After her initial critical success and popularity, Tsvetaeva was largely neglected because of her experimental style and her refusal to assume either a pro- or anti-Soviet stance. Recent critics regard her work as among the most innovative and powerful Russian poetry of the twentieth century, with scholars such as Angela Livingstone writing, ”An emotional but not a ‘feminine’ poet, she avoids all mellifluous sentimentality and instead loves, hates, lauds, castigates, laments, marvels, aspires . . . with a kind of unflinching physicality, always pushing passions and stances to the point at which they will be fully revealed.”


  1. Briusov, Valerii Iakovlevich. Sredi stikhov 1894—1924: Manifesty, stat’i, retsenzii. Compiled by Nikolai Alekseevich Bogomolov and Nikolai Vsevolodovich Kotrelev. Moscow: Sovetskii pisatel’, 1990.
  2. Gumilev, Nikolai Sergeevich. “Pis’ma o russkoi poezii.” In Sobranie sochinenii, pp. 262, 293-294. Washington, D.C.: Victor Kamkin, 1968.
  3. Karlinsky, Simon. Marina Cvetaeva: Her Fife and Art. Berkeley: University of California Press, 1966.
  4. -. Marina Tsvetaeva: The Woman, Her World and Her Poetry. Cambridge: Cambridge University Press, 1985.
  5. Karlinsky, Simon, and Alfred Appel Jr., eds. The Bitter Air of Exile: Russian Writers in the West, 1922-1972. Berkeley: University of California Press, 1977.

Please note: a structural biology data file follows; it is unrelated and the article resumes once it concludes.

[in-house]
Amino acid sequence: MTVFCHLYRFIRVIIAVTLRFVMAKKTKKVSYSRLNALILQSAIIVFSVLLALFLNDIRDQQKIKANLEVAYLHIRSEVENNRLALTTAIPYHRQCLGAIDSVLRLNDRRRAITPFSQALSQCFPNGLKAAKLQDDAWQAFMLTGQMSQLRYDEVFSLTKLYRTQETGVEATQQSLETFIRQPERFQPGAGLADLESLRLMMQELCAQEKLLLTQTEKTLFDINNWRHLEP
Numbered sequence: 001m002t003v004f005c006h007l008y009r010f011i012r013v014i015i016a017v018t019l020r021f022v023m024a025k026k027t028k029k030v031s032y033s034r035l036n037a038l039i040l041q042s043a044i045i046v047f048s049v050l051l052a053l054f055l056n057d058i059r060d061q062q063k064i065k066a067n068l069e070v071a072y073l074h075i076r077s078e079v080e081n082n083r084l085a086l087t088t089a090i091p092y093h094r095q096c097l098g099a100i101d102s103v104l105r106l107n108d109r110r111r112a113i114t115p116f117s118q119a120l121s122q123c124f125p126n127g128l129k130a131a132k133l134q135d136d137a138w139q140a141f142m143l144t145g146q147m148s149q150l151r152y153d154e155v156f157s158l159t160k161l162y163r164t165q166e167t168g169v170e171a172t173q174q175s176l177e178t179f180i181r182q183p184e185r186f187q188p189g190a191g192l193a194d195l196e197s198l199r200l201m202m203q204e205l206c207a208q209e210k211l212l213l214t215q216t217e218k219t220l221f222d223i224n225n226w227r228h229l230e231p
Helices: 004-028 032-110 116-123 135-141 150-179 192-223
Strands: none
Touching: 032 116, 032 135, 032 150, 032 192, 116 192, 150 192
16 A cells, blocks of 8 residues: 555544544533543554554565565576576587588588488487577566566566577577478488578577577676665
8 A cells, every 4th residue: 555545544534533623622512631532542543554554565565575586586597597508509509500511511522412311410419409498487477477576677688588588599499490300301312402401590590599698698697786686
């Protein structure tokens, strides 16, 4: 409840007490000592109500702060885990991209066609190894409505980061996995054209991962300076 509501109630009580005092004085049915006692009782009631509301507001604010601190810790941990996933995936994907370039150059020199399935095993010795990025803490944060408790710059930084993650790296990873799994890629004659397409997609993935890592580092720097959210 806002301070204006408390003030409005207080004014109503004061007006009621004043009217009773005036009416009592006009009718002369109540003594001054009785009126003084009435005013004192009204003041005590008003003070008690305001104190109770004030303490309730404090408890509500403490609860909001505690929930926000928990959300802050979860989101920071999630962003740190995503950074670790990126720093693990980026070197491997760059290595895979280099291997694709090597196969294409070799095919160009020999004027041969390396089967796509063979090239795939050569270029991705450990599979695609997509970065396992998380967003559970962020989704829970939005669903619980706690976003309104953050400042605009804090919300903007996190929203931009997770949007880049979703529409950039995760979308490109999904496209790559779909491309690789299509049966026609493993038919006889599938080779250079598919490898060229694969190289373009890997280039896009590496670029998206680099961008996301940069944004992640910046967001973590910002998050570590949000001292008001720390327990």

6. Pasternak, Yevgeny, Yelena Pasternak, and Konstantin M. Azadovsky, eds. Fetters, Summer 1926: Boris Pasternak, Marina Tsvetayeva, Rainer Maria Rilke. Translated by Margaret Wettlin and Walter Arndt. New York: Harcourt, 1985; reprinted, Oxford University Press, 1988.
  7. Tsvetaeva, Marina, Unpublished Fetters. Edited by Gleb Struve and Nikita Struve. Paris: YMCA-Press, 1972.
  8. Burgin, Diana Lewis. ”After the Ball Is Over: Sophia Parnok s Creative Relationship with Marina Tsvetaeva.” Russian Review 47 (1988): 425-44.
  9. Ciepiela, ”Taking Monologism Seriously: Bakhtin and Tsvetaeva’s ‘The Pied Piper.”’ Slavic Review 4 (1994): 1010-24.
  10. Forrester, Sibelan. ”Bells and Cupolas: The Formative Role of the Female Body in Marina Tsvetaeva’s Poetry.” Slavic Review 2 (1992): 232-46.
  11. Gove, Antonina F. ”The Feminine Stereotype and Beyond: Role Conflict and Resolution in the Poetics of Marina Tsvetaeva.” Slavic Review 2 (1977): 231-55.
  12. Hall, Bruce. ”’The Wildest of Disharmonies’: A Lacanian Reading of Tsvetaeva’s ‘Provoda’ Cycle in the Context of Its Other Meanings.” Slavic and East European Journal 1 (1996): 27-44.
  13. Heldt, Barbara. ”Two Poems by Marina Tsvetayeva from After Russia.” Modern Language Review 3 (1982): 679-87.
  14. Kneller, Andrey. Translations of Marina Tsvetaeva: Selected Poems and Links. Retrieved March 31, 2008, from ~kneller/tsvetaeva.html.
  15. Manevich, Vadim, and Olesya Petrova. Heritage of Marina Tsvetayeva. Retrieved March 31, 2008, from
  16. The World of Marina Tsvetaeva (in Russian). Retrieved March 31,2008, from